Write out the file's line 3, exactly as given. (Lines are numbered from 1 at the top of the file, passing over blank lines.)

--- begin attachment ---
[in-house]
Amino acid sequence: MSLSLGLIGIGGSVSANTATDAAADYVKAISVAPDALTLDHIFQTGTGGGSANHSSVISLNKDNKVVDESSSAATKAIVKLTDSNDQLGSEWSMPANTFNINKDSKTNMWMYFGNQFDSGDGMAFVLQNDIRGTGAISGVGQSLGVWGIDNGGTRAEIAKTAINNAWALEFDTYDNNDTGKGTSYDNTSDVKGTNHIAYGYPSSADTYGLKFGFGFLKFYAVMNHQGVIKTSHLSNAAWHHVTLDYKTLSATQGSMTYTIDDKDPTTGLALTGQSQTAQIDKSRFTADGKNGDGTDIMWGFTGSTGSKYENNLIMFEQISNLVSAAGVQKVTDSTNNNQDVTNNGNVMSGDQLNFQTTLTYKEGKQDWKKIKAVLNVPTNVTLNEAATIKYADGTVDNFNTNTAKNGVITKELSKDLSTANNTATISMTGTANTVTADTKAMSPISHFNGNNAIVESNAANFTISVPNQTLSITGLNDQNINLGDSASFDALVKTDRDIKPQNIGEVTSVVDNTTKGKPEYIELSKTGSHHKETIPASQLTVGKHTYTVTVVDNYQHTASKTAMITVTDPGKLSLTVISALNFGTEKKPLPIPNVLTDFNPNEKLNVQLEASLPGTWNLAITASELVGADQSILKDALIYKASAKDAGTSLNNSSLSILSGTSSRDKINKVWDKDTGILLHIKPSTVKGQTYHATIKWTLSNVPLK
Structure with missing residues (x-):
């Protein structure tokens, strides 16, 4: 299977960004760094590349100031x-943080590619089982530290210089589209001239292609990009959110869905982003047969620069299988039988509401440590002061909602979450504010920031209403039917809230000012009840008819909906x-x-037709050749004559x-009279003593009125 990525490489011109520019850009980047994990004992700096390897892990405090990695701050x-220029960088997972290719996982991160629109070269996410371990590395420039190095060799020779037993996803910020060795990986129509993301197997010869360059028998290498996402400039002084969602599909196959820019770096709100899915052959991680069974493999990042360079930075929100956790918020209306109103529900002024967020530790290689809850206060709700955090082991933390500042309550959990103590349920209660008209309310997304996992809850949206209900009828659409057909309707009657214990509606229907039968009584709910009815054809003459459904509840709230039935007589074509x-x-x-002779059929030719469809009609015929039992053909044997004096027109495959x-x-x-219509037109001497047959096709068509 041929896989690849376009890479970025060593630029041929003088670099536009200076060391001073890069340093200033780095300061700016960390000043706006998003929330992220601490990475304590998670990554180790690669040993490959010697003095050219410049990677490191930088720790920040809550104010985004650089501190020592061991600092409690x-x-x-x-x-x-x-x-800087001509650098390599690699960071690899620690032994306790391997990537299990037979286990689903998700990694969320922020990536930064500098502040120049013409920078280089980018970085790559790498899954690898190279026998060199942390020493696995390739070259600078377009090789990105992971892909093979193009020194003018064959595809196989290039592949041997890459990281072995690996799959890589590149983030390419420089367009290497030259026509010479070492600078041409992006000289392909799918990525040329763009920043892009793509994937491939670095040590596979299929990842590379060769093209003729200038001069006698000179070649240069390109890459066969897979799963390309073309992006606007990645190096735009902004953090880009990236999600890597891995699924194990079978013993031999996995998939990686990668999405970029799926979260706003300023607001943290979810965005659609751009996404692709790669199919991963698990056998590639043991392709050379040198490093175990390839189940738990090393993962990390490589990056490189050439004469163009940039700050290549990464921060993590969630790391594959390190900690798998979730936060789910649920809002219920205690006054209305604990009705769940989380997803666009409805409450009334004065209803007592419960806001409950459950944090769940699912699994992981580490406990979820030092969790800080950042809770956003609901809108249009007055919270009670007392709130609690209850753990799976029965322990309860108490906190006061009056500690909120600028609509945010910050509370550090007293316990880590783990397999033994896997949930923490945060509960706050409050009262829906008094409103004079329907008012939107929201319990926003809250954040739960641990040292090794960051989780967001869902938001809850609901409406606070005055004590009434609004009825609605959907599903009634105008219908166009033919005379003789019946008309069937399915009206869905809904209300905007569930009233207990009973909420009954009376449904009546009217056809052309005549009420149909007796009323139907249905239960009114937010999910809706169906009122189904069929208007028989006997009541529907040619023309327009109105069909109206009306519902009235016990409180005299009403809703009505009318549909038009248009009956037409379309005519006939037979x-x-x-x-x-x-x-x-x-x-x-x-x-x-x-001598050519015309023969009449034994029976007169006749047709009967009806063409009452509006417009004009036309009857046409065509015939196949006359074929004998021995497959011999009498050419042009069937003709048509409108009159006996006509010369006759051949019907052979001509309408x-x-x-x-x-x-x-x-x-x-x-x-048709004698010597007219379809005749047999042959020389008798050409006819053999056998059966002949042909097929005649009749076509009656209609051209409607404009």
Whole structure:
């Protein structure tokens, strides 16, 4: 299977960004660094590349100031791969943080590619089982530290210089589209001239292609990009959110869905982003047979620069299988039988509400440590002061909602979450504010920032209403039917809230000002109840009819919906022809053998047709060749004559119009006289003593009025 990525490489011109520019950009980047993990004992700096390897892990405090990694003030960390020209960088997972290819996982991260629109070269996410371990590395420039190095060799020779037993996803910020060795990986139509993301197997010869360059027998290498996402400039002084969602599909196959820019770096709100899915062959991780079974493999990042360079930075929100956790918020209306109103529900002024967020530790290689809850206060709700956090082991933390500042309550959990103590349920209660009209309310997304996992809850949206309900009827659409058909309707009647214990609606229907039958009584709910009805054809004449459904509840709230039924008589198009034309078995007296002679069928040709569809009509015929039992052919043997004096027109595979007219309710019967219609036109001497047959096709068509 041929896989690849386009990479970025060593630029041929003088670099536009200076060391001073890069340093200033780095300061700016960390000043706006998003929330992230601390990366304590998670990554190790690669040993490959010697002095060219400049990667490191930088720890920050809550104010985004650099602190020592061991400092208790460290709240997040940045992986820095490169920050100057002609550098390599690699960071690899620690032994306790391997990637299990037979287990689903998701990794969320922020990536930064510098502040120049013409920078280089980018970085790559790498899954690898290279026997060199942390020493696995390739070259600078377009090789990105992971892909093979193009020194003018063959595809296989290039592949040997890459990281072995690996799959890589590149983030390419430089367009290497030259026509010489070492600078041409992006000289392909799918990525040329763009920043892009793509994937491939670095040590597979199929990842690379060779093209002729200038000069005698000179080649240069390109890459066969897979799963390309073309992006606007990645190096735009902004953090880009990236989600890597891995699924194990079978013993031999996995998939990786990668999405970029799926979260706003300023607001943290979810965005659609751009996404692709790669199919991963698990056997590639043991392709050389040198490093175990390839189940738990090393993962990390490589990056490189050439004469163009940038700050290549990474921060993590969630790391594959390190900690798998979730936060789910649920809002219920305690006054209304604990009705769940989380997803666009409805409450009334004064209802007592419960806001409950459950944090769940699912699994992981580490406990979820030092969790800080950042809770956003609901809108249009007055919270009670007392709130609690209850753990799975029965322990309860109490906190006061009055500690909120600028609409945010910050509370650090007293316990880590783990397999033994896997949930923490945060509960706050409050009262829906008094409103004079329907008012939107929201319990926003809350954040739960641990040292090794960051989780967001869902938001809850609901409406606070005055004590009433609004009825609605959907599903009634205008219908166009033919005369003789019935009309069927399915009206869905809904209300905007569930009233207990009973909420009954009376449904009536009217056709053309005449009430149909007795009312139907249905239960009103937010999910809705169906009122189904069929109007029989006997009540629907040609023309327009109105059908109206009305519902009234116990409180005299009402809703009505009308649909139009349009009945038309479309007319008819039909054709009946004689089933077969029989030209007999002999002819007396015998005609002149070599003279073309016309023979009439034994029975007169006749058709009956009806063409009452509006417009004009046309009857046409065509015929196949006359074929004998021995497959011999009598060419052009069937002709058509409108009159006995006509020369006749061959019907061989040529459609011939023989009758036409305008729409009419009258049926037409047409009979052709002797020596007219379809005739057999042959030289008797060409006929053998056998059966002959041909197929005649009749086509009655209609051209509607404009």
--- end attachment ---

Structure with missing residues (x-):